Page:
UK returns to grappling with toxic nuclear waste dilemma. Two communities in north-west England asked to consider hosting sites to bury radioactive material. In recent weeks the UK government has invited residents from two communities in north-west England to a “virtual exhibition” to gauge their views on whether they would be prepared to solve one of the biggest environmental challenges facing the country: what to do with more than half a century’s worth of toxic nuclear waste. The boroughs of Allerdale and Copeland in Cumbria are considering whether to become host to an underground storage facility for the most radioactive by-products of the country’s nuclear industry. The process, which is designed to give local residents the final say, is run by the state-owned Nuclear Decommissioning Authority. Like other countries with nuclear industries, the UK government has been grappling with the issue of long-term storage for several decades. This marks the fourth attempt to find a site to bury radioactive waste at depths of up to 1km underground. But local opponents are outraged. The plans are “like a dog going back to its sick”, said Marianne Birkby, who lives 25 miles from Sellafield and runs Radiation Free Lakeland, which campaigned against the facility last time. Reluctance to host such a facility is not unique to the UK. “The reality is nowhere in the world is there [yet] a functioning deep geological repository for spent nuclear fuel,” said Dr Paul Dorfman of University College London’s Energy Institute. The search for a site is key to the government’s plans for nuclear power — one of its 10 flagship green policies — according to nuclear experts. “My personal position is I don’t think we should have any new nuclear power stations until we have a [long-term] disposal strategy in place,” said Corkhill.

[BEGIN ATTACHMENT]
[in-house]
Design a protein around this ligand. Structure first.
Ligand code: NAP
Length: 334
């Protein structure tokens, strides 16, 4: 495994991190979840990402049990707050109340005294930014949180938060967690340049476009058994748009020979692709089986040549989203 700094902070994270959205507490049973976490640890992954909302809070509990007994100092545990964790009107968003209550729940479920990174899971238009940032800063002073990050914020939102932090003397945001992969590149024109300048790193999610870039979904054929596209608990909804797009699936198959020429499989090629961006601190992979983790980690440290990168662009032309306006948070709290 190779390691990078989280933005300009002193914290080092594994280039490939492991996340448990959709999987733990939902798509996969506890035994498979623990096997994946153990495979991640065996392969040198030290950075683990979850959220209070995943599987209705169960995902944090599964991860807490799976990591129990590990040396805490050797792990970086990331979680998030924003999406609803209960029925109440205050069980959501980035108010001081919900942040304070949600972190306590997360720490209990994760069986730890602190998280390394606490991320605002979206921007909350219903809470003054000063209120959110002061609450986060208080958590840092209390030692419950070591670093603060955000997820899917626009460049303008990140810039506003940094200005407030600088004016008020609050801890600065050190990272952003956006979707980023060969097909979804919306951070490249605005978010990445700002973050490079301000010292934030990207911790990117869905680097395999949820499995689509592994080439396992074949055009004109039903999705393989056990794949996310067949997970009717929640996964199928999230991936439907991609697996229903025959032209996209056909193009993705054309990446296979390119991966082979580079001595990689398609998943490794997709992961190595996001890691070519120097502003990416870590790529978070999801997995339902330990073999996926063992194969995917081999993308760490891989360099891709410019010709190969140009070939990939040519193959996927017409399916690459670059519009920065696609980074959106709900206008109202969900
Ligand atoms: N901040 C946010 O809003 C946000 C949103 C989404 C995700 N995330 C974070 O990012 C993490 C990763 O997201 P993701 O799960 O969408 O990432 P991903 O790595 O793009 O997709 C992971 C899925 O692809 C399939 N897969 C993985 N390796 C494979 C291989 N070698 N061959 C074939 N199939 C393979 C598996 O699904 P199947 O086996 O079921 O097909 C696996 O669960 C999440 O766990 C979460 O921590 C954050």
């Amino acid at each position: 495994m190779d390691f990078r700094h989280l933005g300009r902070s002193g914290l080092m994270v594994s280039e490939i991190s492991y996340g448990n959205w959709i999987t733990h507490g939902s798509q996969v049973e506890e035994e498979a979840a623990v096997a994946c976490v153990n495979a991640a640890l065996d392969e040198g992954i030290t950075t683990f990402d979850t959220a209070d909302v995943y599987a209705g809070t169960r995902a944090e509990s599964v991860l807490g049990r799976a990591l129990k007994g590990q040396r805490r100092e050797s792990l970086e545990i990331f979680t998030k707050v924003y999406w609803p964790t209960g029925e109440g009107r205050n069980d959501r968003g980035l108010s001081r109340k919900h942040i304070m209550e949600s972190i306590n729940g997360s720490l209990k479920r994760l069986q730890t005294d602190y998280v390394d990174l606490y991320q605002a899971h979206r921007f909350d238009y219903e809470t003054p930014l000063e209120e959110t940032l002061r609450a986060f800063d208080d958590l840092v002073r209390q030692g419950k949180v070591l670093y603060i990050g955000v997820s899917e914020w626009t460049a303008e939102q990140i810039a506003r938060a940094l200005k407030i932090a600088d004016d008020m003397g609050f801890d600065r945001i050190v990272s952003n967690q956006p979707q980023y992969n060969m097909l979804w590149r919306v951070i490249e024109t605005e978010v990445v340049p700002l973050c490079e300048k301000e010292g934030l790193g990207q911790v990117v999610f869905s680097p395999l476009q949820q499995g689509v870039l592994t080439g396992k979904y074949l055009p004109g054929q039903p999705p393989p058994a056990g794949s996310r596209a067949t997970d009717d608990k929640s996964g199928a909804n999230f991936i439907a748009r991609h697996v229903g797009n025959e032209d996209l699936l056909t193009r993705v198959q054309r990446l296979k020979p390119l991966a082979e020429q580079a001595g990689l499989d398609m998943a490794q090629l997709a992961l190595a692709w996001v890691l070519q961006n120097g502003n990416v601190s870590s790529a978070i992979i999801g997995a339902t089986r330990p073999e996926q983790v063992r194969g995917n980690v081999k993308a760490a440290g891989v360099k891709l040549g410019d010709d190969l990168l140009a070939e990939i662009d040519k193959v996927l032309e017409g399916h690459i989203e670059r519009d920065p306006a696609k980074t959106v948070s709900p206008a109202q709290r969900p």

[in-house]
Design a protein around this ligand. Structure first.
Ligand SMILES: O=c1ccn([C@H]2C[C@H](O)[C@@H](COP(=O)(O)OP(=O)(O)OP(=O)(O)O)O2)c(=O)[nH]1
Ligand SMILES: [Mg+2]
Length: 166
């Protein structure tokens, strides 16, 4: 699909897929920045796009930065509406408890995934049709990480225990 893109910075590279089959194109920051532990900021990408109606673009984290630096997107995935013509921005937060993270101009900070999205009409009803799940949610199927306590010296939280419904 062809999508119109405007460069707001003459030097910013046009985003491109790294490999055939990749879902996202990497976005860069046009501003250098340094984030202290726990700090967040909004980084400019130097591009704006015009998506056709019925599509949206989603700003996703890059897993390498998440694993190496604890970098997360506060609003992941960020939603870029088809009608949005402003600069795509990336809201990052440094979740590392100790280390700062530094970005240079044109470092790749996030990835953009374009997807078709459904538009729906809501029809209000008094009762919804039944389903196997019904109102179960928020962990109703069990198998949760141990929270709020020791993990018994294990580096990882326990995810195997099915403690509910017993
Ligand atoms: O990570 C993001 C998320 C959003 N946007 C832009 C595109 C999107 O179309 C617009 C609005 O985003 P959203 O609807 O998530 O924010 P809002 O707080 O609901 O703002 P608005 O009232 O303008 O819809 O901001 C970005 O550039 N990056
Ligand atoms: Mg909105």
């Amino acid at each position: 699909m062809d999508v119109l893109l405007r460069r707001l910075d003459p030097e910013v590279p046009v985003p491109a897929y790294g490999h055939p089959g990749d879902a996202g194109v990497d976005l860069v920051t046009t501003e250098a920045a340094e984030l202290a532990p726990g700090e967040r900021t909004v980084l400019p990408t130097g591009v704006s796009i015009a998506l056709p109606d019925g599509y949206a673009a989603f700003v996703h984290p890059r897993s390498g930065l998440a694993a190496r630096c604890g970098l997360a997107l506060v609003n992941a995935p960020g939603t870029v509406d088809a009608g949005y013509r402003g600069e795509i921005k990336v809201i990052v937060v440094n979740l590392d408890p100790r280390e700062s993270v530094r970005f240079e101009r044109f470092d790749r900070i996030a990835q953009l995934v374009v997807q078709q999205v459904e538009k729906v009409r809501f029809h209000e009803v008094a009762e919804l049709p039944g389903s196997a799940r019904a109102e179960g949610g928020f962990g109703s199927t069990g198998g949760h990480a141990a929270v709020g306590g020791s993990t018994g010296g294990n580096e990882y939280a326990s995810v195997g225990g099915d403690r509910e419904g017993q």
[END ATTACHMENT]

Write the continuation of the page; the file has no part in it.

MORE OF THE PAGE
FT 9th Feb 2021 read more »